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The fear with a company moving along this path is that people will take the knowledge you have shared with them and go buy equipment the cheapest way possible. I suppose there are some people out there that would do this, but I think it’s a minority. I am willing to pay more for a product if I know there is some value that comes with that higher expense. When I work on contracts with companies I let them know that obviously, I expect them to make money. If they don’t make money, they can’t stay in business and continue to offer me value.

What are some types of added services integrators could start providing? The integrators could take a room design from a client and review it. Does the specified equipment make sense? Are there other products that work well that could save money? After a room is designed, they could sell all the equipment in the design. Part of the delivery would be a spreadsheet similar to what we get with our computers. Having the information in a spreadsheet is helpful as it would allow us to start getting the equipment on our network without having to open boxes and get into systems to find the MAC address. Additionally, AV VARs could design rooms for customers. This may work well when upgrading or adding several rooms at a time. They could take it even further, receiving all the equipment to their facilities and building the racks. The racks could then be delivered to the customer as a turn-key operation. The important thing being that in the end, they deliver a product or service in which the customer perceives value.

It may be a wise time for many to start thinking about this approach. While I have not yet worked with a VAR who is offering these AV services, I know that many of them are selling AV equipment — so it’s only a matter of time before they start offering the services. Will you beat them to it?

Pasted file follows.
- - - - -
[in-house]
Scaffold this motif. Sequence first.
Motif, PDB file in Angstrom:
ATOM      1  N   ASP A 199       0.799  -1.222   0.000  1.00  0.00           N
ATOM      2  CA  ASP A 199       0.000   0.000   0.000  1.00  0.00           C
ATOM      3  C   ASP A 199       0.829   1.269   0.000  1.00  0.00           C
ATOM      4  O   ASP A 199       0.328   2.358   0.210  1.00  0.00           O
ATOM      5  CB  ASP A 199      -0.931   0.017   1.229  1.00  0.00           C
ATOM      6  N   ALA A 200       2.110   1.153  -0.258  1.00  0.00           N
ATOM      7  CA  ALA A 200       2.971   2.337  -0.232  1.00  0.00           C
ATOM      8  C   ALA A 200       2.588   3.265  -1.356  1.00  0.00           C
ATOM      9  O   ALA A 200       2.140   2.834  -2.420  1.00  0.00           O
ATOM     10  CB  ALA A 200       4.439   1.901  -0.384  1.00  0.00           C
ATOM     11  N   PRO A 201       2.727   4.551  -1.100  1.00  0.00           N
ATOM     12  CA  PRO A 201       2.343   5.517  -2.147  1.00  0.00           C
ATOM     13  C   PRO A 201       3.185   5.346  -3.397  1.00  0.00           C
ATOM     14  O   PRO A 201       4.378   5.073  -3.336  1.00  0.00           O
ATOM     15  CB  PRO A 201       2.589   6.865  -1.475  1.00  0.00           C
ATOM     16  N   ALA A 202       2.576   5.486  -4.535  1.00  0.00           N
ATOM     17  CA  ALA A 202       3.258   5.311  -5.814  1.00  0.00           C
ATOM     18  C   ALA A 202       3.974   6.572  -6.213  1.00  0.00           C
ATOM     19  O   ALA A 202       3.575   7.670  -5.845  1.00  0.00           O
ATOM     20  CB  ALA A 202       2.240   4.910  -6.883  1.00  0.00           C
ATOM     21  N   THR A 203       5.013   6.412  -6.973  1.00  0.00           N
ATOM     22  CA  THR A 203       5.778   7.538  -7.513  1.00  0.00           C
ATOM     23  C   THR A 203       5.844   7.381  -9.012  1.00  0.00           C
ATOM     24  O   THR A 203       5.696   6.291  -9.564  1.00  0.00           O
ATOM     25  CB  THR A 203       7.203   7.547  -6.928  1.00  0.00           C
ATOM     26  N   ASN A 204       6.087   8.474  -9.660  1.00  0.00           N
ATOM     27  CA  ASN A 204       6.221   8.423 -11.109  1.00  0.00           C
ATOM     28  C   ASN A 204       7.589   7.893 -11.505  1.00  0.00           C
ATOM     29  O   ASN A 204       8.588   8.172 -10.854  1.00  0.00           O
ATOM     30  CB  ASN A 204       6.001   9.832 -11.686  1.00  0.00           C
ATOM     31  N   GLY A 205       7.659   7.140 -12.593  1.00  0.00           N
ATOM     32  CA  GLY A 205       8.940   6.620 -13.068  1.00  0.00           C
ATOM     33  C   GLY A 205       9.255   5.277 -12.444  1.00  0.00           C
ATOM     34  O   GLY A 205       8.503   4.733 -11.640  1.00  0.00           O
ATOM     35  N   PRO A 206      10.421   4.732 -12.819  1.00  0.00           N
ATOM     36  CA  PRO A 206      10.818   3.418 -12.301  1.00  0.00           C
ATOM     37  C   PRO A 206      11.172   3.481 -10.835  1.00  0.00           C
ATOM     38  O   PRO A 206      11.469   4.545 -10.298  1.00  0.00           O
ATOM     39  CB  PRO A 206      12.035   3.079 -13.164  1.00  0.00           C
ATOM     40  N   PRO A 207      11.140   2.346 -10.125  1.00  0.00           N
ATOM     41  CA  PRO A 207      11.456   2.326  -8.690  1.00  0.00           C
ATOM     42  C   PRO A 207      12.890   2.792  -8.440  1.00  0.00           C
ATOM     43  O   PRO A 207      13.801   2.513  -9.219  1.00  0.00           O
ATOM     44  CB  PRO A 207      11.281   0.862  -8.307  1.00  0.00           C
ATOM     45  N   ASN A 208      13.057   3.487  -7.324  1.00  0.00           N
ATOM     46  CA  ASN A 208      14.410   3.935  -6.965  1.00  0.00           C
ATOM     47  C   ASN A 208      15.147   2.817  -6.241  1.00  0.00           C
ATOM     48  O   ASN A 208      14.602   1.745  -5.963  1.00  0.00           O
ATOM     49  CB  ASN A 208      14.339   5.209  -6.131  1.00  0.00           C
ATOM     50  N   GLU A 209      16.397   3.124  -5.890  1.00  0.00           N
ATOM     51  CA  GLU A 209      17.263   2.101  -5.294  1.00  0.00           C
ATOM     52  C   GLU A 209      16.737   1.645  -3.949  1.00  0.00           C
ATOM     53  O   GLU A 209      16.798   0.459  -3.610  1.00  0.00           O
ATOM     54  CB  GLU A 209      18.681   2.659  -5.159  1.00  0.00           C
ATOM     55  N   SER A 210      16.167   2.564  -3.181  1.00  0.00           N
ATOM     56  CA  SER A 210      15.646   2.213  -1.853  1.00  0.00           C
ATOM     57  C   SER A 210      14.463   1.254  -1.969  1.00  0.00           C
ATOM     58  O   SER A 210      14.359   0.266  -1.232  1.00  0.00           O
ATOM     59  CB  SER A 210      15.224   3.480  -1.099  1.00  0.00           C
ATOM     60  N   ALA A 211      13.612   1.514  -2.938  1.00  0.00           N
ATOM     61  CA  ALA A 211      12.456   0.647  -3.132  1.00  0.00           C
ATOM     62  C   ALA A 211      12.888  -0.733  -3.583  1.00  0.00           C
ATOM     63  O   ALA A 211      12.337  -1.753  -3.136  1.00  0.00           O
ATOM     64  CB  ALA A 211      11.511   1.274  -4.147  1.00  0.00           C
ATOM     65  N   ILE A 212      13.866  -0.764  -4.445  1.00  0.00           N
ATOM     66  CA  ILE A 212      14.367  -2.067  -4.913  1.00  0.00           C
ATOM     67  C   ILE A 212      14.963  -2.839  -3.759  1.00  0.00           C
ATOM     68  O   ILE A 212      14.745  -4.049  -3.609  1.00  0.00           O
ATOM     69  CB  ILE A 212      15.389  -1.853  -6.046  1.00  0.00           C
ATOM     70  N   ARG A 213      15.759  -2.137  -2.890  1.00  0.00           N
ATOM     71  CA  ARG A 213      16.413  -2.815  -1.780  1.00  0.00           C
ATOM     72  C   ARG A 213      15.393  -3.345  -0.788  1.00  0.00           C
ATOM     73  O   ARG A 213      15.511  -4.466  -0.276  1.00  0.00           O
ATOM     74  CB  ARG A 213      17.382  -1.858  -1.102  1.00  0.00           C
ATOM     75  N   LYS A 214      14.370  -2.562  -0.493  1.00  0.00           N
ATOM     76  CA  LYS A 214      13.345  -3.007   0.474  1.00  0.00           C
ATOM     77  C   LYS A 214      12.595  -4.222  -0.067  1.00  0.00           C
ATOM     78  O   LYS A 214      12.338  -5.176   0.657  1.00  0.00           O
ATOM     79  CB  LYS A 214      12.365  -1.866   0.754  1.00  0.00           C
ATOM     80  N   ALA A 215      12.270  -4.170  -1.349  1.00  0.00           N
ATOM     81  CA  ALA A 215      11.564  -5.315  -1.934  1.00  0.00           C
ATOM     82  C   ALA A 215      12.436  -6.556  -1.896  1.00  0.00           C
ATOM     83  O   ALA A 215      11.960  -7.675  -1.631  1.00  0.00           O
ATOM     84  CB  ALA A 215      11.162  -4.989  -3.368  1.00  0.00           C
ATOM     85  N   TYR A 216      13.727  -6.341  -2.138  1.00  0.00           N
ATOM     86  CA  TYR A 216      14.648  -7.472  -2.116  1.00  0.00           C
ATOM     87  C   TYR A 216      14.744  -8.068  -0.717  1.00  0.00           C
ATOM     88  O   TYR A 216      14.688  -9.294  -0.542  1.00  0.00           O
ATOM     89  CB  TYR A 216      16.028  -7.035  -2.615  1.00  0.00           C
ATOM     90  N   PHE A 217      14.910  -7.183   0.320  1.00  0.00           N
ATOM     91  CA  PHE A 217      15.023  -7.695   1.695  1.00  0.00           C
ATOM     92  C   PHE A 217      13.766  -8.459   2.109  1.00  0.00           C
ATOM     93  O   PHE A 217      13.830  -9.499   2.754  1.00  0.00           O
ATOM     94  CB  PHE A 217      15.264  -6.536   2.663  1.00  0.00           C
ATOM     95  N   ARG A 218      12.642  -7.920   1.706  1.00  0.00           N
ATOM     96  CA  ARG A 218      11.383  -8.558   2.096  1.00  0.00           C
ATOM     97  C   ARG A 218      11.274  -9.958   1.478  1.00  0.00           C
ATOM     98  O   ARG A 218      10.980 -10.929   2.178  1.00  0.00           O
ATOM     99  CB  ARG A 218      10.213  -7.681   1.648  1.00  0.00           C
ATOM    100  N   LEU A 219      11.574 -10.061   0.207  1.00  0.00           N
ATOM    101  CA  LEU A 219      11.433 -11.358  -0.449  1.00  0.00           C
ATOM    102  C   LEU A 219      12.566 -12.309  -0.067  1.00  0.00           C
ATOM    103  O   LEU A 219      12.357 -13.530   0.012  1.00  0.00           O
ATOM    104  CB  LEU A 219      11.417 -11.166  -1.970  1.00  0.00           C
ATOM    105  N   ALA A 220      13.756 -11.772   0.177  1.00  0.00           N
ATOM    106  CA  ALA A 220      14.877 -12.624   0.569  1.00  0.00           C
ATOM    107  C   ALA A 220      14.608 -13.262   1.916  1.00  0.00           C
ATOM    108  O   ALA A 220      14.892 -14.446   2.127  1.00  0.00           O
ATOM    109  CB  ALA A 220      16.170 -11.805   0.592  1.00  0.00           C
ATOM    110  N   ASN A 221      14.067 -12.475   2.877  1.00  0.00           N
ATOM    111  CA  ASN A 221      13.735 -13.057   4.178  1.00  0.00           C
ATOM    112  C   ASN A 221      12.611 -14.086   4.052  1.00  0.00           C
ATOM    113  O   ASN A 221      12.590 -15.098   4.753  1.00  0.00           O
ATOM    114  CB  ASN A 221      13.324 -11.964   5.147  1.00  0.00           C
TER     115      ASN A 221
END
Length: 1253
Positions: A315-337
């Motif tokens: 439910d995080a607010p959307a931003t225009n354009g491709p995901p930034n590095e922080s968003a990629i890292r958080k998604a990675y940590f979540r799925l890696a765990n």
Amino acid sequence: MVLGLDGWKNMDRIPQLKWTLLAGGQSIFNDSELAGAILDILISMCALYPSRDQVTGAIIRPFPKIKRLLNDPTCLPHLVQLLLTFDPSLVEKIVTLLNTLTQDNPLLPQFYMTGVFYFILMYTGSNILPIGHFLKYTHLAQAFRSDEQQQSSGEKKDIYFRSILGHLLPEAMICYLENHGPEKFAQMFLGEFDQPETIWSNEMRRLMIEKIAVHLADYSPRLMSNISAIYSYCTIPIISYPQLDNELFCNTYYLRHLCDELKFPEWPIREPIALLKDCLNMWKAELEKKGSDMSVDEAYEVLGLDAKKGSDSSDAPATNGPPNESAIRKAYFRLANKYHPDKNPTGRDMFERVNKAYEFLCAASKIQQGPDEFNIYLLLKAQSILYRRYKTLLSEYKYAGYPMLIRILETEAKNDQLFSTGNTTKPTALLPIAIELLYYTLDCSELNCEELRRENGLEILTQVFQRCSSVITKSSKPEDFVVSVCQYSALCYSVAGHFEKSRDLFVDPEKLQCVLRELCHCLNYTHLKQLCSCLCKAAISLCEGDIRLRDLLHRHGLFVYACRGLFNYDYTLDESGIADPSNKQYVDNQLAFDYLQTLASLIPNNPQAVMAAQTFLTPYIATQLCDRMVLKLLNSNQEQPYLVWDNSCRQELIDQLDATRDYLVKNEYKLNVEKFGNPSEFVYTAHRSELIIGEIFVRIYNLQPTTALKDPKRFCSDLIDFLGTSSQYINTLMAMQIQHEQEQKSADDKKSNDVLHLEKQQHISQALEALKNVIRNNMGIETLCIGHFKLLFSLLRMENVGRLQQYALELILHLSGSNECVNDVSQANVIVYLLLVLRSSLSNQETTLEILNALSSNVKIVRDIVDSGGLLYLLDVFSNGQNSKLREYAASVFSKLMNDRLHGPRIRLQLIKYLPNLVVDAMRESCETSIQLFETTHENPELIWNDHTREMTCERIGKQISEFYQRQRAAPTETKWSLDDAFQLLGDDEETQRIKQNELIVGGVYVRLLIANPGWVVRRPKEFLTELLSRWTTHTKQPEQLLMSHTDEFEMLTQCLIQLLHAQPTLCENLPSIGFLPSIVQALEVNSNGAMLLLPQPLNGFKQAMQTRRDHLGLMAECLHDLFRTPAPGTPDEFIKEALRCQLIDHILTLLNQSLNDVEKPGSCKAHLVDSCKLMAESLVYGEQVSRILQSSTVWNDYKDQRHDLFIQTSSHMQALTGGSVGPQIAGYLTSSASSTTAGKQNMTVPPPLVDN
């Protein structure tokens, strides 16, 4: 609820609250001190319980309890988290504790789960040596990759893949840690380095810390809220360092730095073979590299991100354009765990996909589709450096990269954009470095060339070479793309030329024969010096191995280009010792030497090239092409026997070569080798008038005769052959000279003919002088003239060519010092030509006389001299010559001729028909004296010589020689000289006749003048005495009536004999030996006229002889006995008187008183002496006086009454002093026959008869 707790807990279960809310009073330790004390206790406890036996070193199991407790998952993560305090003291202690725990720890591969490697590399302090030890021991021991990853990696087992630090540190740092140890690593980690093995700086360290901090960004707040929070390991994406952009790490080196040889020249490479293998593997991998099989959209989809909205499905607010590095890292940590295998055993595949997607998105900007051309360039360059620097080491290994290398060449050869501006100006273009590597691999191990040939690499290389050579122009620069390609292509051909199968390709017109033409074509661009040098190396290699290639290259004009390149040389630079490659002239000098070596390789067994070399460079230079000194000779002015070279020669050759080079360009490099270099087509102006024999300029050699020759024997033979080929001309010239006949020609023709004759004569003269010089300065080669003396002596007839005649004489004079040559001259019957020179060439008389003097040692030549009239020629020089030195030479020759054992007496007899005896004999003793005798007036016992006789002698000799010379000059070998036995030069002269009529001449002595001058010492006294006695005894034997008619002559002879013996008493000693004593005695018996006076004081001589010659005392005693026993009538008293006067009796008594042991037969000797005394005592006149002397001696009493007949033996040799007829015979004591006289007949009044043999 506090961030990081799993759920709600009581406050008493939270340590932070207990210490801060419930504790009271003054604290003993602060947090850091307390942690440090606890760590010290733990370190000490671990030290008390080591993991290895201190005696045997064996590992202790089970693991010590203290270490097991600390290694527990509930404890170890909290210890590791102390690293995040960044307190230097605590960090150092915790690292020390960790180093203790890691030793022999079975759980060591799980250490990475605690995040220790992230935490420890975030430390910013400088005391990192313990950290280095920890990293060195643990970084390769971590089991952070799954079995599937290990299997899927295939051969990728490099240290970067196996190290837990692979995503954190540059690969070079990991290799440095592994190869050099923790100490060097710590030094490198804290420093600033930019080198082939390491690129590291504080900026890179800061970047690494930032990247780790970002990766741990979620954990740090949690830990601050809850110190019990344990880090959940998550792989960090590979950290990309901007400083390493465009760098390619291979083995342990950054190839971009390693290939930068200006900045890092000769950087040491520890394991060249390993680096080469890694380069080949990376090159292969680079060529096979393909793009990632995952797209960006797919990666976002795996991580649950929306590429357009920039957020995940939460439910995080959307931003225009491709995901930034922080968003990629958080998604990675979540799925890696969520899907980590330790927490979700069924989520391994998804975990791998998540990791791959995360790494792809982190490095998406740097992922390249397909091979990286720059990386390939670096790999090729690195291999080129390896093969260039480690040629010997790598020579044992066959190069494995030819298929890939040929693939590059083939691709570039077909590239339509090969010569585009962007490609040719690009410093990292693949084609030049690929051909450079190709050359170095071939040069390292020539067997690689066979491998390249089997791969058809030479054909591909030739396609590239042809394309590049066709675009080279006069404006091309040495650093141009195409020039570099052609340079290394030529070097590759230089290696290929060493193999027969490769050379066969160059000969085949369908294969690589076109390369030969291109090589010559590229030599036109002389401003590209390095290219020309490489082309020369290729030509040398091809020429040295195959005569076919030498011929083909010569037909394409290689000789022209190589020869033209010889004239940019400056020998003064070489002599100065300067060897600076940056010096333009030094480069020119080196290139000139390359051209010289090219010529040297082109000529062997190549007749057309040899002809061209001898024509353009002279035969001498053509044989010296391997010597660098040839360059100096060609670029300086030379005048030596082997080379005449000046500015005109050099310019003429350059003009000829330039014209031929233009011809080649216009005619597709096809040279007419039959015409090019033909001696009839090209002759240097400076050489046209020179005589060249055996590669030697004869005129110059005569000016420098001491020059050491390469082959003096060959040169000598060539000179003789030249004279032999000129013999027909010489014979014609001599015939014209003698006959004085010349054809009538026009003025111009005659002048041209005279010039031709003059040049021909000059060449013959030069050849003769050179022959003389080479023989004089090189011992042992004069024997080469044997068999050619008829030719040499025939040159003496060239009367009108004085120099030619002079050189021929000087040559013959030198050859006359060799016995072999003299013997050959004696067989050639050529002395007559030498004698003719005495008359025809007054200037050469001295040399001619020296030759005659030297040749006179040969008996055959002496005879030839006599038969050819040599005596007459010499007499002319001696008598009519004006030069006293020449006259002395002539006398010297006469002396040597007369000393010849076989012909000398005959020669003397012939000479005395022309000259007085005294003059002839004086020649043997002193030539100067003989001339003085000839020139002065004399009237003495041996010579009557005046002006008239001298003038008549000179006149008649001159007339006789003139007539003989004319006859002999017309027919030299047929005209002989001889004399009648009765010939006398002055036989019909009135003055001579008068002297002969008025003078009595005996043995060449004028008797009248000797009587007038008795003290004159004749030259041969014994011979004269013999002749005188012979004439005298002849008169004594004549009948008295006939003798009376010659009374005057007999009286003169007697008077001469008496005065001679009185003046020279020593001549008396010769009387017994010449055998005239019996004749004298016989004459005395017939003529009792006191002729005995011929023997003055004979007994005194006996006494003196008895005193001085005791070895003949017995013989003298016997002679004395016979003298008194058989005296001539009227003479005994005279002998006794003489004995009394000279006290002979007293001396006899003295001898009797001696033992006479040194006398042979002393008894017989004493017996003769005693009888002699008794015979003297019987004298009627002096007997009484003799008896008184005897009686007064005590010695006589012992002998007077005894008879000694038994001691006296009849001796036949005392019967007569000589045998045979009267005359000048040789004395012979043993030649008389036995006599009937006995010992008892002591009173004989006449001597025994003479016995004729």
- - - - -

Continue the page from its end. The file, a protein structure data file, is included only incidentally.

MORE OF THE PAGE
Image via VAR Street

Scott Tiner

About Scott Tiner

A trained educator, graduating from the Boston University School of Education, Scott is interested in the integration of technology and education. He works at Bates College managing the Client Services portions of Information Technology. Scott directs the Service Desk, which is responsible for the support of all classrooms and computers on campus. He also oversees the campus training programs and specifies and purchases computing equipment for the campus. He stays very active in the AV and IT fields, having presented at both regional, national and international conferences. Scott writes columns and blogs regularly for rAVe [Publications]. In order to continue to develop and strengthen his leadership and management skills Scott has attended the Management Institute and the Leading Change Institute, sponsored by EduCause. He earned his MBA form the Peter T. Paul College of Business and Economics, at the University of New Hampshire. During his time in graduate school Scott developed an interest and expertise in leadership and team building. As an experienced speaker and writer, Scott is always looking for new experiences to share, learn and grow. Scott can be contacted via LinkedIn, on Twitter at http://www.twitter.com/stiner or via email at stiner08@gmail.com